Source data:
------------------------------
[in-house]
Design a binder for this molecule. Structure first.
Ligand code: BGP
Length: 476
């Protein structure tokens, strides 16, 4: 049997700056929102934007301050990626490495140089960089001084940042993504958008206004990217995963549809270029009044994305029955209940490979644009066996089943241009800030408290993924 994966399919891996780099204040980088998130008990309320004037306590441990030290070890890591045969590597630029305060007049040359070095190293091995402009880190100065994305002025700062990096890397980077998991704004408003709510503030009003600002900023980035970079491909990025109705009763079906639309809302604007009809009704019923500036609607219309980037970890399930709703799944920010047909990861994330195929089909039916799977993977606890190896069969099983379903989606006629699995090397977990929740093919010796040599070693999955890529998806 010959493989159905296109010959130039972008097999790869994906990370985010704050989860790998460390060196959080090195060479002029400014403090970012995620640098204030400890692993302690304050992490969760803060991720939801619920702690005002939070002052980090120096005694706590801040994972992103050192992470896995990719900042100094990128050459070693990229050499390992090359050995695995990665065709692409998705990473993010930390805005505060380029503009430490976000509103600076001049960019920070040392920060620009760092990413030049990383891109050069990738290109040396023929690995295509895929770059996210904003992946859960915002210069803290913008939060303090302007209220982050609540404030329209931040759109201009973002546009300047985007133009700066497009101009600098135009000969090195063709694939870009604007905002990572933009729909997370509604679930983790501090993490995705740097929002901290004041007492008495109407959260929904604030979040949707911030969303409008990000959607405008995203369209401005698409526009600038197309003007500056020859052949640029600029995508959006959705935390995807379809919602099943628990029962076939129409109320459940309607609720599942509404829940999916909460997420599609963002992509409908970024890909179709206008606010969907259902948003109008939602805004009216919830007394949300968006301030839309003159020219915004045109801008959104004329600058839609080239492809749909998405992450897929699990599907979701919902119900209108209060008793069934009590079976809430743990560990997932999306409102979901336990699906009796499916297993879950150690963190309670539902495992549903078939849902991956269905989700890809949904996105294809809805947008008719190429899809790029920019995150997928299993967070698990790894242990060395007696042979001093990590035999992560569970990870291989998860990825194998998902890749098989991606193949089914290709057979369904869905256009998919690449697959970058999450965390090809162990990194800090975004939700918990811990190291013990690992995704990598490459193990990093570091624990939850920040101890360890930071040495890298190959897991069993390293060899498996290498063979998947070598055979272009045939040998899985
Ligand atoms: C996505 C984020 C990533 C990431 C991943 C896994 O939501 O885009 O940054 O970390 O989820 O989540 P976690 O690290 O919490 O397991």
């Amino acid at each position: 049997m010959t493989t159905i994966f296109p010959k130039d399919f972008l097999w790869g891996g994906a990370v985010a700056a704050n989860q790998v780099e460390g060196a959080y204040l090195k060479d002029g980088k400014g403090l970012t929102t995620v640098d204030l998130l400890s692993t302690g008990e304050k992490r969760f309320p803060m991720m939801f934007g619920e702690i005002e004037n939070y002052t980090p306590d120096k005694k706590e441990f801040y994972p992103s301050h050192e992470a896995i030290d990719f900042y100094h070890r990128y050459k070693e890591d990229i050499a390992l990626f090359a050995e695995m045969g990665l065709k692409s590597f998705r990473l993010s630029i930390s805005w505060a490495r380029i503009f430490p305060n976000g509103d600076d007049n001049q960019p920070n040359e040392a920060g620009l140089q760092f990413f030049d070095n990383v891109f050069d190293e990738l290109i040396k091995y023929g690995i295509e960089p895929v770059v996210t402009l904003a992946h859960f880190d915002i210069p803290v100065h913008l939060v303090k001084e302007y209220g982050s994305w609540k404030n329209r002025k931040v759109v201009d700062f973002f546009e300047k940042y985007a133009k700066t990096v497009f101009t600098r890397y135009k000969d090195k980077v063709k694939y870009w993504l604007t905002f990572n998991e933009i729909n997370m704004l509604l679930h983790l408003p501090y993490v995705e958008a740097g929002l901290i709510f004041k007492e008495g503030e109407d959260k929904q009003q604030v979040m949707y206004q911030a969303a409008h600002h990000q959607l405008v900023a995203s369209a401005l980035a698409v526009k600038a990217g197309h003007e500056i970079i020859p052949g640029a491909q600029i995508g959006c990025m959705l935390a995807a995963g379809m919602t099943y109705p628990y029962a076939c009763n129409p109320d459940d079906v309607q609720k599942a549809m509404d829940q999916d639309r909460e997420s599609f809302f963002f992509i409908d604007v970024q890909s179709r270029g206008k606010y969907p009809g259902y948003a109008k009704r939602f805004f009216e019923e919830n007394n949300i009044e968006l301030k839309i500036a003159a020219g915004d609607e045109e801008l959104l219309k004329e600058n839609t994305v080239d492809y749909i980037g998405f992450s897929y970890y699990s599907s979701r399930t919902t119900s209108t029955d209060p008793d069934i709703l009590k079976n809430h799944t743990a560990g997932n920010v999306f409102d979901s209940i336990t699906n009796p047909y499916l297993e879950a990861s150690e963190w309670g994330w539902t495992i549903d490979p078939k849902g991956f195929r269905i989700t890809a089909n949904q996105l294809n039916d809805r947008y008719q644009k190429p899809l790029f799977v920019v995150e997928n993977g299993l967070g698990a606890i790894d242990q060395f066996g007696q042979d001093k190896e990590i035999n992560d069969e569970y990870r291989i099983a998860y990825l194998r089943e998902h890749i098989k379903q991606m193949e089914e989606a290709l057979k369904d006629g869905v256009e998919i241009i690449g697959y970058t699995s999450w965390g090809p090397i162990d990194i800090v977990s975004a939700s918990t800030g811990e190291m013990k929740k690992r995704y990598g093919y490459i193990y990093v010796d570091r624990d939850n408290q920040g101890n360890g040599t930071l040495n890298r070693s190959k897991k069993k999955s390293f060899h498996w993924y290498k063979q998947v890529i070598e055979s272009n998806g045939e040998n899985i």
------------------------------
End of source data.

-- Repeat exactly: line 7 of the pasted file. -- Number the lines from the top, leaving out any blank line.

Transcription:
């Amino acid at each position: 049997m010959t493989t159905i994966f296109p010959k130039d399919f972008l097999w790869g891996g994906a990370v985010a700056a704050n989860q790998v780099e460390g060196a959080y204040l090195k060479d002029g980088k400014g403090l970012t929102t995620v640098d204030l998130l400890s692993t302690g008990e304050k992490r969760f309320p803060m991720m939801f934007g619920e702690i005002e004037n939070y002052t980090p306590d120096k005694k706590e441990f801040y994972p992103s301050h050192e992470a896995i030290d990719f900042y100094h070890r990128y050459k070693e890591d990229i050499a390992l990626f090359a050995e695995m045969g990665l065709k692409s590597f998705r990473l993010s630029i930390s805005w505060a490495r380029i503009f430490p305060n976000g509103d600076d007049n001049q960019p920070n040359e040392a920060g620009l140089q760092f990413f030049d070095n990383v891109f050069d190293e990738l290109i040396k091995y023929g690995i295509e960089p895929v770059v996210t402009l904003a992946h859960f880190d915002i210069p803290v100065h913008l939060v303090k001084e302007y209220g982050s994305w609540k404030n329209r002025k931040v759109v201009d700062f973002f546009e300047k940042y985007a133009k700066t990096v497009f101009t600098r890397y135009k000969d090195k980077v063709k694939y870009w993504l604007t905002f990572n998991e933009i729909n997370m704004l509604l679930h983790l408003p501090y993490v995705e958008a740097g929002l901290i709510f004041k007492e008495g503030e109407d959260k929904q009003q604030v979040m949707y206004q911030a969303a409008h600002h990000q959607l405008v900023a995203s369209a401005l980035a698409v526009k600038a990217g197309h003007e500056i970079i020859p052949g640029a491909q600029i995508g959006c990025m959705l935390a995807a995963g379809m919602t099943y109705p628990y029962a076939c009763n129409p109320d459940d079906v309607q609720k599942a549809m509404d829940q999916d639309r909460e997420s599609f809302f963002f992509i409908d604007v970024q890909s179709r270029g206008k606010y969907p009809g259902y948003a109008k009704r939602f805004f009216e019923e919830n007394n949300i009044e968006l301030k839309i500036a003159a020219g915004d609607e045109e801008l959104l219309k004329e600058n839609t994305v080239d492809y749909i980037g998405f992450s897929y970890y699990s599907s979701r399930t919902t119900s209108t029955d209060p008793d069934i709703l009590k079976n809430h799944t743990a560990g997932n920010v999306f409102d979901s209940i336990t699906n009796p047909y499916l297993e879950a990861s150690e963190w309670g994330w539902t495992i549903d490979p078939k849902g991956f195929r269905i989700t890809a089909n949904q996105l294809n039916d809805r947008y008719q644009k190429p899809l790029f799977v920019v995150e997928n993977g299993l967070g698990a606890i790894d242990q060395f066996g007696q042979d001093k190896e990590i035999n992560d069969e569970y990870r291989i099983a998860y990825l194998r089943e998902h890749i098989k379903q991606m193949e089914e989606a290709l057979k369904d006629g869905v256009e998919i241009i690449g697959y970058t699995s999450w965390g090809p090397i162990d990194i800090v977990s975004a939700s918990t800030g811990e190291m013990k929740k690992r995704y990598g093919y490459i193990y990093v010796d570091r624990d939850n408290q920040g101890n360890g040599t930071l040495n890298r070693s190959k897991k069993k999955s390293f060899h498996w993924y290498k063979q998947v890529i070598e055979s272009n998806g045939e040998n899985i």